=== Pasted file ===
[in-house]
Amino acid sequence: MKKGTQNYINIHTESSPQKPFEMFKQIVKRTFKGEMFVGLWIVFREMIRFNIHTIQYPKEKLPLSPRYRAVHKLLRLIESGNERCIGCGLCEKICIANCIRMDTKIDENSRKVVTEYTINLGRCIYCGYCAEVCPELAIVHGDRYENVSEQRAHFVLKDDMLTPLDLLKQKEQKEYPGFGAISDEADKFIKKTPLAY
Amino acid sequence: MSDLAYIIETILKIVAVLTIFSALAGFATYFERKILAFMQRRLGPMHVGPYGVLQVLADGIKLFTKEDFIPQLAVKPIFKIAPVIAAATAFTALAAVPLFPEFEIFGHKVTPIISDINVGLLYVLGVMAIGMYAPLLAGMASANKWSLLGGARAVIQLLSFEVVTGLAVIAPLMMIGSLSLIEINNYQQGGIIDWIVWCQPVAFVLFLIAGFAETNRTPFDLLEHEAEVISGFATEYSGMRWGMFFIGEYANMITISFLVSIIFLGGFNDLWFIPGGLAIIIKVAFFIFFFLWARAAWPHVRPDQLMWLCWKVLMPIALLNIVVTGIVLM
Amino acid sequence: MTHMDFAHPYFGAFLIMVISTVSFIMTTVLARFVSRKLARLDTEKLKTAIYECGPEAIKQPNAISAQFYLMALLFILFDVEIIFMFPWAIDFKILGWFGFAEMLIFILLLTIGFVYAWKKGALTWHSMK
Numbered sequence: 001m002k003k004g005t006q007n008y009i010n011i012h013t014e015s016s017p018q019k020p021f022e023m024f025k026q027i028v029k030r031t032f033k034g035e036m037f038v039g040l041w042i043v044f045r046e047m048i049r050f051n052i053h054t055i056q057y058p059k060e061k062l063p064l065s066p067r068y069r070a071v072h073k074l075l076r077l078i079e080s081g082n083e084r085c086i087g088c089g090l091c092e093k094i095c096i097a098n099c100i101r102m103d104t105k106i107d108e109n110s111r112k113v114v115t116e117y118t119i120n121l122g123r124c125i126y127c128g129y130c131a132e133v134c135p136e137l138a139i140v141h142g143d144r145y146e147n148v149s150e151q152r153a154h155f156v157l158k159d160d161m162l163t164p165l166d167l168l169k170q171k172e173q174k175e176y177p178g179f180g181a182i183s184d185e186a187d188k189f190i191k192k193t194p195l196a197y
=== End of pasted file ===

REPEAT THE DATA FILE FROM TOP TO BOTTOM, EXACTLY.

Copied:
[in-house]
Amino acid sequence: MKKGTQNYINIHTESSPQKPFEMFKQIVKRTFKGEMFVGLWIVFREMIRFNIHTIQYPKEKLPLSPRYRAVHKLLRLIESGNERCIGCGLCEKICIANCIRMDTKIDENSRKVVTEYTINLGRCIYCGYCAEVCPELAIVHGDRYENVSEQRAHFVLKDDMLTPLDLLKQKEQKEYPGFGAISDEADKFIKKTPLAY
Amino acid sequence: MSDLAYIIETILKIVAVLTIFSALAGFATYFERKILAFMQRRLGPMHVGPYGVLQVLADGIKLFTKEDFIPQLAVKPIFKIAPVIAAATAFTALAAVPLFPEFEIFGHKVTPIISDINVGLLYVLGVMAIGMYAPLLAGMASANKWSLLGGARAVIQLLSFEVVTGLAVIAPLMMIGSLSLIEINNYQQGGIIDWIVWCQPVAFVLFLIAGFAETNRTPFDLLEHEAEVISGFATEYSGMRWGMFFIGEYANMITISFLVSIIFLGGFNDLWFIPGGLAIIIKVAFFIFFFLWARAAWPHVRPDQLMWLCWKVLMPIALLNIVVTGIVLM
Amino acid sequence: MTHMDFAHPYFGAFLIMVISTVSFIMTTVLARFVSRKLARLDTEKLKTAIYECGPEAIKQPNAISAQFYLMALLFILFDVEIIFMFPWAIDFKILGWFGFAEMLIFILLLTIGFVYAWKKGALTWHSMK
Numbered sequence: 001m002k003k004g005t006q007n008y009i010n011i012h013t014e015s016s017p018q019k020p021f022e023m024f025k026q027i028v029k030r031t032f033k034g035e036m037f038v039g040l041w042i043v044f045r046e047m048i049r050f051n052i053h054t055i056q057y058p059k060e061k062l063p064l065s066p067r068y069r070a071v072h073k074l075l076r077l078i079e080s081g082n083e084r085c086i087g088c089g090l091c092e093k094i095c096i097a098n099c100i101r102m103d104t105k106i107d108e109n110s111r112k113v114v115t116e117y118t119i120n121l122g123r124c125i126y127c128g129y130c131a132e133v134c135p136e137l138a139i140v141h142g143d144r145y146e147n148v149s150e151q152r153a154h155f156v157l158k159d160d161m162l163t164p165l166d167l168l169k170q171k172e173q174k175e176y177p178g179f180g181a182i183s184d185e186a187d188k189f190i191k192k193t194p195l196a197y